Matter transforms human
body to maggot nest the hiss
of dry ice against a metal sink.

Flesh shreds or just grows old
and turns to dirt to concrete to building
:: internal energy equals heat minus work.

Wood to smoke becomes
a manifestation of something else
:: smell that lingers a tenuous

cling to my jacket’s cotton lining.
If burning is not disappearing
then neither is drowning:: the body

shows up again on another shore
in the folds of a current
whisked through the Atlantic.

Translation is a form
of disappearance:: my name gone
all wrong in their mouths (40).

These lines all operate to consider the nature of “matter” as it takes different shapes and morphologies. I especially find the comparison between the wood burning to the “smell that lingers” as particularly effective rendering of matter in its transformations. What’s interesting is that there is the suggestion that matter itself does not ever transform (the law of conservation of energy after all) but finds itself remade anew, but when we get to conceptions of translation, there is a disappearance when the “name” is not uttered in the way that it should. Thus, for the lyric speaker, what seems to still disappear amongst all of this matter in transformation is the nature of speaking and the nature of communication, who is hailed and how this individual is hailed. As the poems move forward, it is clear that Beyer’s lyric speaker is invested in rooting out a form of communication that might urge a call to action, individuals transformed into currents moving in the same direction, perhaps even toward a more engaged and productive relationship to one of the most precious elements: water. In this year of such incredible drought, the clarion call of Beyer’s poetry collection cannot be loud enough.

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A Review of A.X. Ahmad’s The Last Taxi Ride (Minotaur Books, 2014).

(again, the highest res pic I could find =( )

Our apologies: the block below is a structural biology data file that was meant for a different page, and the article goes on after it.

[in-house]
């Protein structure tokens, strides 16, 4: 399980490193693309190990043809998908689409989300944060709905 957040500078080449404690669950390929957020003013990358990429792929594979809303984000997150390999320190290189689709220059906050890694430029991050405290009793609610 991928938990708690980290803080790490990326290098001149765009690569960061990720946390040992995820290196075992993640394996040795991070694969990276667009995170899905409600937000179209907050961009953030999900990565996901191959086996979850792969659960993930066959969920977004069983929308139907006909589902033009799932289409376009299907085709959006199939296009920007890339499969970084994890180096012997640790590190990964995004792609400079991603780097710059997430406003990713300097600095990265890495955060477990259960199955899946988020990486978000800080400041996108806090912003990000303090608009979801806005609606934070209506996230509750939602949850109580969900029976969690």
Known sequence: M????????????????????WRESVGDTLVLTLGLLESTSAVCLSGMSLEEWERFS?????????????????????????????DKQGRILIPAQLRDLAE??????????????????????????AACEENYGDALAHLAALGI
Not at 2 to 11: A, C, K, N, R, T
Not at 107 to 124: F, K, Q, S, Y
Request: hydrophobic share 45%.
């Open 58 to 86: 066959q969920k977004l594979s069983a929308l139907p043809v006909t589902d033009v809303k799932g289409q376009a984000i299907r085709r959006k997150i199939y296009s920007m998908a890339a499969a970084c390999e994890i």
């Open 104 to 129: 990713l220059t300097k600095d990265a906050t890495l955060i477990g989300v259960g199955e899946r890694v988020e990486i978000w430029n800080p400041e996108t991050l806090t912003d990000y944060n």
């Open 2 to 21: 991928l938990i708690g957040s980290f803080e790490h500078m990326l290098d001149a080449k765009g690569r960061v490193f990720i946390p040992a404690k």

A.X. Ahmad’s The Last Taxi Ride takes on a more global approach to the noir-ish series started with The Caretaker. Ranjit Singh is back with a couple of key changes: he’s divorced; his ex-wife has moved back to India, and his daughter has moved with her. Fortunately, the daughter is soon to visit, which puts Ranjit in higher spirits. Ranjit is still struggling to make ends meet. He’s a cab drive in New York City, but he also happens to help out with a local businessman with potential mob connections named Jay Patel. As a cab driver, he ends up coincidentally taking on a famous customer: Shabana Shaw, a Bollywood actress whose star is fading. Ranjit’s connection to Shaw seems only one of a fan to a star, but a chance reconnection with an old buddy, Mohan, from Ranjit’s military days begins to collapse various worlds together. Mohan, who is the bellman for the building in which Shabana Shaw resides, is able to give them access to her swanky New York City apartment. One night when she is gone, they have dinner together. But, is it not soon after that meal that Ranjit is pegged for Shabana Shaw’s murder, and Mohan is nowhere to be found. With Ranjit’s prints all over Shabana’s apartment, he seems to be the obvious culprit, but readers know the truth to be otherwise. Shabana was killed in a brutal manner, with her head smashed. Fortunately for him and the readers, Ranjit is able to make bail, but it becomes clear that his work with Jay Patel marks his position as more precarious than he has realized. Ranjit is tasked by Jay Patel to find Mohan for a reason that he does not understand, and Ranjit begins to see that the key to finding out the identity of Shabana’s murderer will be to find his former military buddy. From this point forward, the novel becomes the classic detective quest for the most part. Ranjit, as our noir detective, must find Mohan, and unravel the various skeins that have been tangled together, even though he must deal with a broken arm, shady mob bosses, and individuals who have useful knowledge concerning the mob underworld but are not necessarily willing to share such information. Ahmad uses an effective intercutting structure (one that was also used in The Caretaker) that provides important background to Shabana’s life and her struggle to make it as a Bollywood film actress. Perhaps the most important element introduced at this point is Shabana’s contentious relationship with her sister Ruki and her reliance upon mob bosses for protection and support. Ahmad is also game to make apparent the complicated racialized existence that enfolds Ranjit, as a South Asian immigrant taxi driver. The diversity of New York City comes most prominently to the surface with Ahmad’s effective use of minor characters, who hail from a variety of backgrounds and classes. Ahmad never lets the plot get away from him. Though there are occasional momentum shifts, the central mystery always propels readers assuredly forward. An entertaining, politically textured noir fiction!